Analysis: Finally, hints of cooperation in Lebanon

Talking is always a good thing - especially when not talking can lead to civil war.

March 13, 2006 22:06
2 minute read.
lebanon 88

lebanon 88. (photo credit: )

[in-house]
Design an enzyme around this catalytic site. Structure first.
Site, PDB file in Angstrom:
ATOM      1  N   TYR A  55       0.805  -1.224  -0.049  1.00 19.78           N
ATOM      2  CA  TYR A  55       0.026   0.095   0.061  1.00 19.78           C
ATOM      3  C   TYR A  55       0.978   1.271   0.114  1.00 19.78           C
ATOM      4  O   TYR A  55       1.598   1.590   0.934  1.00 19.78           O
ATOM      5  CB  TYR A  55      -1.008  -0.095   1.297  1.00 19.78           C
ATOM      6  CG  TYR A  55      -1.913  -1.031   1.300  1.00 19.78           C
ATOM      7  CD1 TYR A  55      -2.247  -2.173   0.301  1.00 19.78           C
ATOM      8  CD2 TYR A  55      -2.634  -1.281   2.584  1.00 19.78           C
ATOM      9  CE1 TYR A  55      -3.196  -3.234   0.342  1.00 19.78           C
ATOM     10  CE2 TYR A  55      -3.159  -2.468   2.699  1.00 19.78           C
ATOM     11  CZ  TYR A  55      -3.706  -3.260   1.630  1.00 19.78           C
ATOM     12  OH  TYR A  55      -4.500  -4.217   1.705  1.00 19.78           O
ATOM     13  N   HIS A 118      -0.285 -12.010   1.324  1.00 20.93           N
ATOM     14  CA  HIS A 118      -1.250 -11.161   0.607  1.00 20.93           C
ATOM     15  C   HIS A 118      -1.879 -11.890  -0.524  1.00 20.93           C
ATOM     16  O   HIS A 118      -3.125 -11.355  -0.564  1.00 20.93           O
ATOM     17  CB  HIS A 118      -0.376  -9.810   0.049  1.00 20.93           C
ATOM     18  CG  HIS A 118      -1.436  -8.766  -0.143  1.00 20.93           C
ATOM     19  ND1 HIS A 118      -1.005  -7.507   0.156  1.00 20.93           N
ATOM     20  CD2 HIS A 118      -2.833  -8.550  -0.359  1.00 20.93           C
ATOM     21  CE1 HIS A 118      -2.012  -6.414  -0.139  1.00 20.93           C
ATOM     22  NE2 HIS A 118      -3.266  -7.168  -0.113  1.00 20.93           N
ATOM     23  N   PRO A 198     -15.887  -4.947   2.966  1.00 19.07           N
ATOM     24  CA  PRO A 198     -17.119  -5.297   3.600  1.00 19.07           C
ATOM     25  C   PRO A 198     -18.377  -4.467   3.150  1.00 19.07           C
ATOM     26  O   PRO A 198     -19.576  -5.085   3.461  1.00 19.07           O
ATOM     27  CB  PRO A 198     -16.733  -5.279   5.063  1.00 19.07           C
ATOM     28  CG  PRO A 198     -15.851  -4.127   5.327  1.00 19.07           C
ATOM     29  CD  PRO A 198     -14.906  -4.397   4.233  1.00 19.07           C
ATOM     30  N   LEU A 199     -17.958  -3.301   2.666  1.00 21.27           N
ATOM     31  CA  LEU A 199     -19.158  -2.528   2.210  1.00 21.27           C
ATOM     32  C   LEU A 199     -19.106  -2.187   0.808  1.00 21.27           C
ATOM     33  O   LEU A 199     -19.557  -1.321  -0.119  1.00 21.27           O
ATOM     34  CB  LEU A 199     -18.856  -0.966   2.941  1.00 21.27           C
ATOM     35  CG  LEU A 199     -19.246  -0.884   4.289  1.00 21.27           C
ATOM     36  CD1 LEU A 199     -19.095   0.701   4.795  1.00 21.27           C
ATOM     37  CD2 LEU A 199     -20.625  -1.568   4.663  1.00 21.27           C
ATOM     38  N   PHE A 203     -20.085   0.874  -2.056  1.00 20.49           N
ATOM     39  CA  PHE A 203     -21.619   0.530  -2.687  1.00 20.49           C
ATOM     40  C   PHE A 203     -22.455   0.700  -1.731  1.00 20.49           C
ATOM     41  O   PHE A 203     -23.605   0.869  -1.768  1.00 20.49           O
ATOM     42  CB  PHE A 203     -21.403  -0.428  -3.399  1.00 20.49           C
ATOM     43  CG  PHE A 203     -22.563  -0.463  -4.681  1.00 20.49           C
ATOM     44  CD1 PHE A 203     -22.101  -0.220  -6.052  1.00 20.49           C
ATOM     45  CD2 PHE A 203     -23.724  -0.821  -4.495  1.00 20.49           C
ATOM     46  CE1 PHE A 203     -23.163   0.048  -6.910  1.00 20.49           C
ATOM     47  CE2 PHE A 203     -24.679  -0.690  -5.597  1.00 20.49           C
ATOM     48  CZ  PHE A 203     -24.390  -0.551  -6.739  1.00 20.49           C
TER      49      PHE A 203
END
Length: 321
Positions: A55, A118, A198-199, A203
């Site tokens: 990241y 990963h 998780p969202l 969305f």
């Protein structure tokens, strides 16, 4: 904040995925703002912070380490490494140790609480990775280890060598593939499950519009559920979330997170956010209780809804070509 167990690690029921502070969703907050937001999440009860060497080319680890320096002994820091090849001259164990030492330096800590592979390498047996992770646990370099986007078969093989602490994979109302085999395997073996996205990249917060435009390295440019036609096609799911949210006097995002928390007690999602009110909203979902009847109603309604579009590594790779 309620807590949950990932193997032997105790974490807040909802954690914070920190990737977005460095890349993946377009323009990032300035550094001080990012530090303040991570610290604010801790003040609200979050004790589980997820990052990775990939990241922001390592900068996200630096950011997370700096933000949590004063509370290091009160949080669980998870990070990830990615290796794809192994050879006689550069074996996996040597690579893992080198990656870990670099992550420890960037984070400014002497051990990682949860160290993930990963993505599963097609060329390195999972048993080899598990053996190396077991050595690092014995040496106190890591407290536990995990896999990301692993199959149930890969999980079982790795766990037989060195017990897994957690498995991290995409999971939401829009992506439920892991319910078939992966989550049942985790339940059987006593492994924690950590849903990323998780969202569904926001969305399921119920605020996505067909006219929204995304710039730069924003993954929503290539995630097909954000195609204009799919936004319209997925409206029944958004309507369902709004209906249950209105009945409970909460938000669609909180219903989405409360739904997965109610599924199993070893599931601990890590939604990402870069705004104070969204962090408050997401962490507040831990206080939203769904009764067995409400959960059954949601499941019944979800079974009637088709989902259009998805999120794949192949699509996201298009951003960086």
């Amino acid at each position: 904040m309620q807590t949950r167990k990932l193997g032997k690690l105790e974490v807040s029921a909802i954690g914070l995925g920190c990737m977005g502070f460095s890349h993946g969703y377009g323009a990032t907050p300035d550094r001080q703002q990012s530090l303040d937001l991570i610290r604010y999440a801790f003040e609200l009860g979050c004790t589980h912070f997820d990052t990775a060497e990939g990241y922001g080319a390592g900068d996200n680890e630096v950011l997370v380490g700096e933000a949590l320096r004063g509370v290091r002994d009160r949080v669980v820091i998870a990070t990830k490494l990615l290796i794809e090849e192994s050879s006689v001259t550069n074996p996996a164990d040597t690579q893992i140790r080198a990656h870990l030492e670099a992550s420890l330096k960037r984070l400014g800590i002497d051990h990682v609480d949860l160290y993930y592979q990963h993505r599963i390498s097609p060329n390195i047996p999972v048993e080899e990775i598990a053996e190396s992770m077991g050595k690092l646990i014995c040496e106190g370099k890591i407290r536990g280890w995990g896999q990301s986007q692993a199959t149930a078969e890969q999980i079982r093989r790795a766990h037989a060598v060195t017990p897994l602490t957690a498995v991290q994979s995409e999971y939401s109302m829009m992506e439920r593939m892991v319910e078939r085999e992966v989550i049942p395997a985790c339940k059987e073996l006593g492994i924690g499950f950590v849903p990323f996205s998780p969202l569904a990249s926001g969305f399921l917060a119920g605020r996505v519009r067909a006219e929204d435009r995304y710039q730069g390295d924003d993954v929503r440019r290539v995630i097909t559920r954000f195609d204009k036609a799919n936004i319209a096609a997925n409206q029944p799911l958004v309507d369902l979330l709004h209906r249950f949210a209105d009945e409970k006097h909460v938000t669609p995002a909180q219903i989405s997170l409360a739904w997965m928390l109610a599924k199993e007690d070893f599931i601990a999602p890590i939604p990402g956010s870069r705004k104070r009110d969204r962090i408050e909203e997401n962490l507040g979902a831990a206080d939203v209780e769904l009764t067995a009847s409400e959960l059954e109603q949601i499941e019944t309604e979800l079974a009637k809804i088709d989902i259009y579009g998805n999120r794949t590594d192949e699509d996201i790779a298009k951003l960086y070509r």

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Talking is always a good thing. Especially when not talking can lead to civil war. Following the murder of former Lebanese prime minister Rafik Hariri a year ago, the tensions between pro- and anti-Syrians in the country jumped. Lebanon, which saw 16 years of civil war end in 1990, suddenly experienced bombs going off under cars of anti-Syrian leaders and journalists and in the streets and malls of Christian neighborhoods. For the first time, leaders from all sides decided to sit down and to reconcile their differences. The question remains whether, this time, talk can lead to solutions. On the table are two issues that divide the country down the middle. Should Emile Lahoud, the pro-Syrian Lebanese Christian president, continue to rule the country? And should Hizbullah disarm? The answers to these questions affect the nature of the Lebanese state, its relations with its neighbor and former patron Syria, and the geopolitics with Israel. If the success of the national conciliation conference in Beirut is based on agreeing to the answer to those questions, then don't start decorating the party hall. As one Lebanese analyst told The Jerusalem Post in an e-mail, "Lahoud stays if there is no agreement on a successor." Lebanese politics dictates that the president must be Christian. The only other powerful Christian on the scene is former general Michel Aoun, but neither the majority of the parliament nor the patriarch want him. "So, for the moment, it's deadlock." Hizbullah agreeing to disarm is even more complicated. Last week, the talks broke up after Druse leader Walid Jumblatt called on Hizbullah to disarm. If the anti-Syrians want to get rid of Lahoud, they'd need Hizbullah to support the move. That could come with the price of keeping the terrorist organization keeping its arms. Separately, the country needs to decide once and for all if the Shaba Farms, which are presently occupied by Israel, belong to Syria or Lebanon. If Syria cedes them to Lebanon, it could allow an excuse for Hizbullah to keep its weapons. Many in Lebanon and Syria see Lebanon as a part of historic Greater Syria. But many other Lebanese want to throw off that historic relationship and become a fully independent state, free from decisions based on Syrian interests. Lahoud and Hizbullah serve Syrian interests - one of which is to keep an armed body on Israel's northern border - both as a buffer zone in the case of Israeli invasion and as a tool to stage attacks on Israel. Israel would breathe more easily if the anti-Syrians succeeded in disarming Hizbullah and exchanging Lahoud for Aoun, who expressed support for a peace agreement with Israel "at the right time."

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